Algarve

Angloinfo

Blog For Us

About this blog

This blog traces the adventures of a gardener creating a new garden from scratch in the Algarve. It aims to interest anyone wanting to create a garden here.. More Info

Blog For Us

Browse by date

April 2016
M T W T F S S
« Dec    
 123
45678910
11121314151617
18192021222324
252627282930  

A new gardener let loose in the Algarve

Springing forward in the Algarve vegetable garden

April 8, 2016

 

 

 

 

Globe Artichoke from my garden

It’s Spring in the Algarve, but this year it’s being a bit of a tease. One minute, you get your shorts and sunglasses out and you’re lighting up the barbie and the next day it’s back to fleeces and jeans again. And if we feel like that, imagine how the plants feel!

But this is the time of year I love the most and I can never understand why people don’t make it a priority to come to the Algarve in April for the sheer beauty of the wild flowers. At this time of year it’s possible to walk on the tracks through the serra and just enjoy the beauty all around you, as it’s  not too hot and the flies aren’t too much of a nuisance. Although it’s not a great idea to stray too much off the paths for fear of disturbing a sleeping wild boar and her babies or tripping on the treacherous rocks, the paths are numerous and well trodden. The local goat herders are often out on the hills with their flocks, the bee orchids, wild peonies and beautiful blue Scylla Peruvianas are   flowering under the carob trees and the little birds are busy nesting in the Estruscan honeysuckle bushes. It’s really the Garden of Eden.

Wild flower meadow near Benafim

The earth in my new garden is healing after all the building activities and beginning to produce for me after three years of struggle and coaxing. I went out recently for a walk to see what there is to actually eat. There’s quite a lot really.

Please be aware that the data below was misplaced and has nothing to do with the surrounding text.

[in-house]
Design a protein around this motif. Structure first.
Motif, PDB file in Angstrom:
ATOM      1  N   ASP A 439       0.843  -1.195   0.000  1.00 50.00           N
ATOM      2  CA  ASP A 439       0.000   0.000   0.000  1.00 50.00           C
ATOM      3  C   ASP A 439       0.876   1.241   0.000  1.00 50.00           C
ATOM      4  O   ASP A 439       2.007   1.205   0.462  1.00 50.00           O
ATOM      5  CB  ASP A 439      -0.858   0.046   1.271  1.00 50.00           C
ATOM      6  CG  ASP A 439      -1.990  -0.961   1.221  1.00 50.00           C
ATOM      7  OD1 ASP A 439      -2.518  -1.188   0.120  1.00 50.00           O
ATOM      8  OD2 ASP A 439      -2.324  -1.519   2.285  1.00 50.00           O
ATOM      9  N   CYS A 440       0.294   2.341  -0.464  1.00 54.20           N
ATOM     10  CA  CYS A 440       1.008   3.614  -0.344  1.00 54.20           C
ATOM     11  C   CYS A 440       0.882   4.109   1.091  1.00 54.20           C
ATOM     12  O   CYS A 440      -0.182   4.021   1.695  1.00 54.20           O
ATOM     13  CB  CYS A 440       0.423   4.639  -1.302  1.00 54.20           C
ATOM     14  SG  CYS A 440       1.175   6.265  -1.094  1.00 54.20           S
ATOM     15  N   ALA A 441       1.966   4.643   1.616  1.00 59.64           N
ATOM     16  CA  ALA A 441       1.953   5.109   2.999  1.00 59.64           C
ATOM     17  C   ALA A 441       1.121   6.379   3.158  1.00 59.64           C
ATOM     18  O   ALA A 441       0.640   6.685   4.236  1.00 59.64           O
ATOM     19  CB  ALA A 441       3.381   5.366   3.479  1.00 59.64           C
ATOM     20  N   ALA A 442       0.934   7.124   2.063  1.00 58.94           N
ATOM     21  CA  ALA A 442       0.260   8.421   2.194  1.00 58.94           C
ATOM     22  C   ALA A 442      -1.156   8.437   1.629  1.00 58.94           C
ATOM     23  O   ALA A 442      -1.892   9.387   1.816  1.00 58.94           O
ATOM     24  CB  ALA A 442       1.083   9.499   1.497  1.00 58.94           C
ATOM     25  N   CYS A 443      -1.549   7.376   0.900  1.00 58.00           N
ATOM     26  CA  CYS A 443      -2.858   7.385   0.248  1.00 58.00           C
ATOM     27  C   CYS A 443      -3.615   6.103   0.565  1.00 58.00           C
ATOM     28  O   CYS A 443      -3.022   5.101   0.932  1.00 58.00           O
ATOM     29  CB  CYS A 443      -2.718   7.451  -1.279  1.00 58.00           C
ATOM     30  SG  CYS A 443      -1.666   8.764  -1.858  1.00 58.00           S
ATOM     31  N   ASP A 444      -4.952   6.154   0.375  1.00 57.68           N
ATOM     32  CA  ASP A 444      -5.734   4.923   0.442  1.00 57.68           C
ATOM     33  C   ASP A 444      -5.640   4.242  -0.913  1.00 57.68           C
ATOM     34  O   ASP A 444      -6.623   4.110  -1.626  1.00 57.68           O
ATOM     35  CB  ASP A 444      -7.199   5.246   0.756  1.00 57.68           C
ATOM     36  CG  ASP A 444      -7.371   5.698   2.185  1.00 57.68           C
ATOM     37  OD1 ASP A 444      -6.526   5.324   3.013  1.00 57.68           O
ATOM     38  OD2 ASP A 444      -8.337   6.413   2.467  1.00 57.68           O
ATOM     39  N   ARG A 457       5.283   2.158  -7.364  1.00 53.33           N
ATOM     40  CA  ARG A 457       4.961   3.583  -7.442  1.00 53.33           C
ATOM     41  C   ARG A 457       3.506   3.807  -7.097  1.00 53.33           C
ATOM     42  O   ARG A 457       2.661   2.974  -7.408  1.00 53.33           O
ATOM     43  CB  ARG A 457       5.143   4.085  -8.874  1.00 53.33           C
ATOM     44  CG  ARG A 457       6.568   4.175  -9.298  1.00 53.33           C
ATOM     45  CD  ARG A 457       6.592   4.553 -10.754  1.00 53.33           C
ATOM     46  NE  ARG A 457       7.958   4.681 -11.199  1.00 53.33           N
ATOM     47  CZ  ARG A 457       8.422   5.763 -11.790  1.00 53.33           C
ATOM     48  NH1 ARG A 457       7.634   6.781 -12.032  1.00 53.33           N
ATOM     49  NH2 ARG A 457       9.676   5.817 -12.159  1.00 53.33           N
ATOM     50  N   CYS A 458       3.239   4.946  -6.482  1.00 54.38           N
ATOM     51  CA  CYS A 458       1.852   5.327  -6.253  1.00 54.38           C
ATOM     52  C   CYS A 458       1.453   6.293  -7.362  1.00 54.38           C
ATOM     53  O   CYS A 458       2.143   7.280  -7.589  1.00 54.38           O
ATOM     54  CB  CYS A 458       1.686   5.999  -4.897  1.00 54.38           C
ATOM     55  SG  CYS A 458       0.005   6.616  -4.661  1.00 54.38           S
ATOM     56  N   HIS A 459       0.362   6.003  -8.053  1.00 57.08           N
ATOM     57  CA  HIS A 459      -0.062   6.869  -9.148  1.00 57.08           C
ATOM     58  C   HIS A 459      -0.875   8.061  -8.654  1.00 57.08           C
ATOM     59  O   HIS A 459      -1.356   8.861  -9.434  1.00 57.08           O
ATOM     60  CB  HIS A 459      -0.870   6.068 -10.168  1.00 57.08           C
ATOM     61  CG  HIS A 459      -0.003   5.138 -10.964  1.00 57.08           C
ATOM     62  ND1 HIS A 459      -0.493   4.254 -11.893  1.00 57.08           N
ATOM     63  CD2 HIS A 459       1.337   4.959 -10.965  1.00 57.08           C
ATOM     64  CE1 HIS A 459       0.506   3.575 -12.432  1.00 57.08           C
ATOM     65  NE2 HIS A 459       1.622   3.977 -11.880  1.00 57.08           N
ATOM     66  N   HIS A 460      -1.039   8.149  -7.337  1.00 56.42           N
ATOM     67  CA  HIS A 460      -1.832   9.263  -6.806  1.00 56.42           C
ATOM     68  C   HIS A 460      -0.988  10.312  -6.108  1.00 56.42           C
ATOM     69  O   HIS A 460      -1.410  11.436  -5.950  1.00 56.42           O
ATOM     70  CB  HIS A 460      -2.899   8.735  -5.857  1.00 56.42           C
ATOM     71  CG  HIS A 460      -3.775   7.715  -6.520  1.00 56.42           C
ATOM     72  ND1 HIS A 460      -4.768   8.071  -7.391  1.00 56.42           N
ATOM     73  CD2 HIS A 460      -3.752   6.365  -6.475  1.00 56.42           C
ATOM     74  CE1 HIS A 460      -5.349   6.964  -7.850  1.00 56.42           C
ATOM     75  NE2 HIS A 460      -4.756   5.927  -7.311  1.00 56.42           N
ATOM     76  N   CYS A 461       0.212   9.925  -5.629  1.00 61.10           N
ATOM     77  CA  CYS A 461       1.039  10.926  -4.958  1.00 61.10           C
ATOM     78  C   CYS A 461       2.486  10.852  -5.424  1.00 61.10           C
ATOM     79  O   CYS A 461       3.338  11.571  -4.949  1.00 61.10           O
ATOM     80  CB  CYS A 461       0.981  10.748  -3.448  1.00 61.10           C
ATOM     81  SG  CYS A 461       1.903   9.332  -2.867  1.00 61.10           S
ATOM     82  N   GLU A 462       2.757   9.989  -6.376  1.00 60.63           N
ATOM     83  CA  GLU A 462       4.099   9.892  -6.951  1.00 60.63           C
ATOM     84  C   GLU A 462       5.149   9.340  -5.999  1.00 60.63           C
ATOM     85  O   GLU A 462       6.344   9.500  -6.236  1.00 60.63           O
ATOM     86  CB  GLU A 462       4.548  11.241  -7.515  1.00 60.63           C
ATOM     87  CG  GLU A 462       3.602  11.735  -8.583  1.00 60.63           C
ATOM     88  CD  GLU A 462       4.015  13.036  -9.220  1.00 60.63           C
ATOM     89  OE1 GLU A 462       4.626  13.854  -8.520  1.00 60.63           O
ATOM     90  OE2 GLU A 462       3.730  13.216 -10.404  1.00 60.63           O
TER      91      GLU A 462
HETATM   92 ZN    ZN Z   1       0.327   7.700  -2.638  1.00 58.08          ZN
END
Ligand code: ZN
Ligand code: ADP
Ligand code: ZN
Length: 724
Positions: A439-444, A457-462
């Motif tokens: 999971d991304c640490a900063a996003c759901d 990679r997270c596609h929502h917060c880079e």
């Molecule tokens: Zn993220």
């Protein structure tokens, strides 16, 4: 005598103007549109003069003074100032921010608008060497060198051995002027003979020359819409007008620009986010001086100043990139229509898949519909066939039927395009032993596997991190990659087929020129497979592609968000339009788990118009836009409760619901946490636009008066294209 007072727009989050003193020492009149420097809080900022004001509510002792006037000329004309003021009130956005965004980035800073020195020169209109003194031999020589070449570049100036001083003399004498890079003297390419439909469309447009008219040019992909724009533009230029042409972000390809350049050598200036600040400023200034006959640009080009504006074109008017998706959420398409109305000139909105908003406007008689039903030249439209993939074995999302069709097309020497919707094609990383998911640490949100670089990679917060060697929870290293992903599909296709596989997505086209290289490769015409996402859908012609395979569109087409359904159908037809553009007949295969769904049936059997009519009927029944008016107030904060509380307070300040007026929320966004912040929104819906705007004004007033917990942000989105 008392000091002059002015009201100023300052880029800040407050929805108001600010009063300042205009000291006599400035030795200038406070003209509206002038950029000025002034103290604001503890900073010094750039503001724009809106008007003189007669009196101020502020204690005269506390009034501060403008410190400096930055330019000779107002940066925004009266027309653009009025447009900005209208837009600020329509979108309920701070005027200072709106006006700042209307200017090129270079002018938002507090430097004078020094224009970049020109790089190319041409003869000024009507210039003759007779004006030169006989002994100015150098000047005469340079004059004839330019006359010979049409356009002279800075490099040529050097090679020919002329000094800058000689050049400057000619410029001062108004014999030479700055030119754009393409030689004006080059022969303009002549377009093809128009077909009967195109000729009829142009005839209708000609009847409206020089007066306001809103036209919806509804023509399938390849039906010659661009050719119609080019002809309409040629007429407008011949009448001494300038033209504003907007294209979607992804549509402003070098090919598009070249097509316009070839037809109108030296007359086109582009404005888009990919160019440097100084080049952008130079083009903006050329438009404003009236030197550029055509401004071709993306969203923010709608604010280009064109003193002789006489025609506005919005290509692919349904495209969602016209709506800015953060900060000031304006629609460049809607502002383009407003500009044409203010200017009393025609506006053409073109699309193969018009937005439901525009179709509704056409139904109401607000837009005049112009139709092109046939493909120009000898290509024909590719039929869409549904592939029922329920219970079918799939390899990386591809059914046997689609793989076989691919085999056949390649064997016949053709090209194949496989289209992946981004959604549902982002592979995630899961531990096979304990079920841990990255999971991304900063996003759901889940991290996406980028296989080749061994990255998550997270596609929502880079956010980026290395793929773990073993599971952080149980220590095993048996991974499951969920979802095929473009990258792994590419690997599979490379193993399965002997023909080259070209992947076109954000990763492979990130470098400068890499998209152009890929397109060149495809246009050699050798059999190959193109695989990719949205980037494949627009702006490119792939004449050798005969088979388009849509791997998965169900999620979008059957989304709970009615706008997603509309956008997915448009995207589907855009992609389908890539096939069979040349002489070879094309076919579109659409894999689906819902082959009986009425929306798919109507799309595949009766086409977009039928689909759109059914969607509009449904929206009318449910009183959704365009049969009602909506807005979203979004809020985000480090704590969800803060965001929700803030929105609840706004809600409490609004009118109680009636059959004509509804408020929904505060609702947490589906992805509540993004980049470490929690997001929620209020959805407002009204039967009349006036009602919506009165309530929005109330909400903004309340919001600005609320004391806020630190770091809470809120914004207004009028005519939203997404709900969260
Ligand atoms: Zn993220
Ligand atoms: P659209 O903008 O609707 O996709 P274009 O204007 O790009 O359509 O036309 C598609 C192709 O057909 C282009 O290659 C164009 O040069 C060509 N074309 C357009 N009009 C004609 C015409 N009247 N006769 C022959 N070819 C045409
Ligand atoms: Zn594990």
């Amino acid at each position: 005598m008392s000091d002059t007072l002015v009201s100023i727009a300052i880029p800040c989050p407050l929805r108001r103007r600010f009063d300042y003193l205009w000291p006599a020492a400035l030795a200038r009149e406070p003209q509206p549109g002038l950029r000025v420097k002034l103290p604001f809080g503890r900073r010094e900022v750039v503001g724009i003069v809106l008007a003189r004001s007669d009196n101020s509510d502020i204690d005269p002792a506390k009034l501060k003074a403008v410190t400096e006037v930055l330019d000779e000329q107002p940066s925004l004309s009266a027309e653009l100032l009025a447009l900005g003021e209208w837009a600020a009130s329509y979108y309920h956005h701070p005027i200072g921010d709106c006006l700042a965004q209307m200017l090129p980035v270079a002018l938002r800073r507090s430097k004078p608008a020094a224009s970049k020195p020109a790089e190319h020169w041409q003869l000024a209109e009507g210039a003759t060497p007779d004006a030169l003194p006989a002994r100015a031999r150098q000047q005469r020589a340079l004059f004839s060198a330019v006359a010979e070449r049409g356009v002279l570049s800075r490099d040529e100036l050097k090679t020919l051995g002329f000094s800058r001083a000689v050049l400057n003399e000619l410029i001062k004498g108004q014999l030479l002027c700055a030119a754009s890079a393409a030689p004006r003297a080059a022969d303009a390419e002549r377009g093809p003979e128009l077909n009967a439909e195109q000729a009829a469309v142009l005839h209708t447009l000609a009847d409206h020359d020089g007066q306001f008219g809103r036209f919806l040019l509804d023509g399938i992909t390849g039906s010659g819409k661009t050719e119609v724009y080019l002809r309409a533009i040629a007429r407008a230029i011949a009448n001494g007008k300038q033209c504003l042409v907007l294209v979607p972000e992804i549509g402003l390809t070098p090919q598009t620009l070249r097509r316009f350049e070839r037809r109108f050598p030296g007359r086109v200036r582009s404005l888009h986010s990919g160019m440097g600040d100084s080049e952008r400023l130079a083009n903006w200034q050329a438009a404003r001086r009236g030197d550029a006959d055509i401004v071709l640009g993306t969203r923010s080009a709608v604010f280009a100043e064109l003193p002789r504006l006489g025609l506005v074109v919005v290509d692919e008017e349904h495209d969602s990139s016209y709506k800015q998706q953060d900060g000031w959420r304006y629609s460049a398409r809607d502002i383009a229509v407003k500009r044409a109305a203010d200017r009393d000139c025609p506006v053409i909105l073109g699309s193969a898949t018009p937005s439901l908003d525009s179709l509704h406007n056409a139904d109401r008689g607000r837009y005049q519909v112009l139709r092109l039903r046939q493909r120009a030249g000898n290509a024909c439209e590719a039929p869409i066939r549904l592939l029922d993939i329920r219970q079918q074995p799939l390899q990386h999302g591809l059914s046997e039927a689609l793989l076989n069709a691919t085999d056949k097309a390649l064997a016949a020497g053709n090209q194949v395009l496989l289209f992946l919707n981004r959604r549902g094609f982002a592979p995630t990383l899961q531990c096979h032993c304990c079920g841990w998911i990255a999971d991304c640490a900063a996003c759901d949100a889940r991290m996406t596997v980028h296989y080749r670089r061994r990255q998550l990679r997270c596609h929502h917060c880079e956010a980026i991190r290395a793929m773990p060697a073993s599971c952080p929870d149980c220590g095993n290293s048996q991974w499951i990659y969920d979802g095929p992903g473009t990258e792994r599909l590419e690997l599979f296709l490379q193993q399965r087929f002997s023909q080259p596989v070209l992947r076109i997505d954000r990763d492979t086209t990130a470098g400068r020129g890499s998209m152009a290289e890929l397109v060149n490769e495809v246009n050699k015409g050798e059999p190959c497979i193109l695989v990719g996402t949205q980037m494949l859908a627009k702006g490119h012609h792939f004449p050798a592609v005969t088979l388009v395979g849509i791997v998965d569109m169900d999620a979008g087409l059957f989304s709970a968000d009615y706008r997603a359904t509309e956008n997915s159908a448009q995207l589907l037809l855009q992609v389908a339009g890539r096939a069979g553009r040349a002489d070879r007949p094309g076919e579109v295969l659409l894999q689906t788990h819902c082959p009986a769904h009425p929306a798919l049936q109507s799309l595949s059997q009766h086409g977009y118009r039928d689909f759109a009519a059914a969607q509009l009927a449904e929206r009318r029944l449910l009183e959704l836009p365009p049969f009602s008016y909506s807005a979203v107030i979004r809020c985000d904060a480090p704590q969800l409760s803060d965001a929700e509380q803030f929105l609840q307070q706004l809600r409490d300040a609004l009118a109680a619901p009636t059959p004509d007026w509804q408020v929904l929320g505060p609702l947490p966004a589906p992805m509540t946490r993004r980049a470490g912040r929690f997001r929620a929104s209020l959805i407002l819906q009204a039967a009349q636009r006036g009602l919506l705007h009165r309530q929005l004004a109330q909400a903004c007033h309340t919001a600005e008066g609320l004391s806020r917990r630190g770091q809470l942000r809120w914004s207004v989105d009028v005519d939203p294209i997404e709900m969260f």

Globe Artichokes- I planted these from seed after seeing how well cardoons grow in the landscape around our house. The locals use the petals of cardoons as a sort of rennet to thicken cheese. I planted some seeds and nurtured them with some horse manure and now they’re producing ample heads.  I love them boiled and dipped in local olive oil with salt, although I have to ensure I bang all the earwigs out first as they love hiding in the leaves. You can’t get more organic that that!

Globe Artichokes in my garden

Loquats- This tree grows throughout the Algarve and produces a fruit which is delicious. It needs to be eaten very ripe, otherwise it can be a bit tart. You can’t store them, that’s the only problem, but the fruits grow at different paces, so you can eat a few every day- that’s if the birds don’t get them first!

Loquats on the tree

Favas (Broad Beans) These are planted as a crop by local farmers as soon as the first rains have fallen in the Autumn and grow slowly throughout the winter, coming to harvest in April. Locals  use the young green beans or let them age and dry them to use in soups and stews. Either way, they’re delicious and one of the first treats of Spring. I only grow enough for a couple of weeks of eating in my garden. There is an added bonus of the flowers, which smell lovely. You can plant them later  but any further into the season and they tend to suffer from terrible blackfly, so they are best grown early to avoid this problem.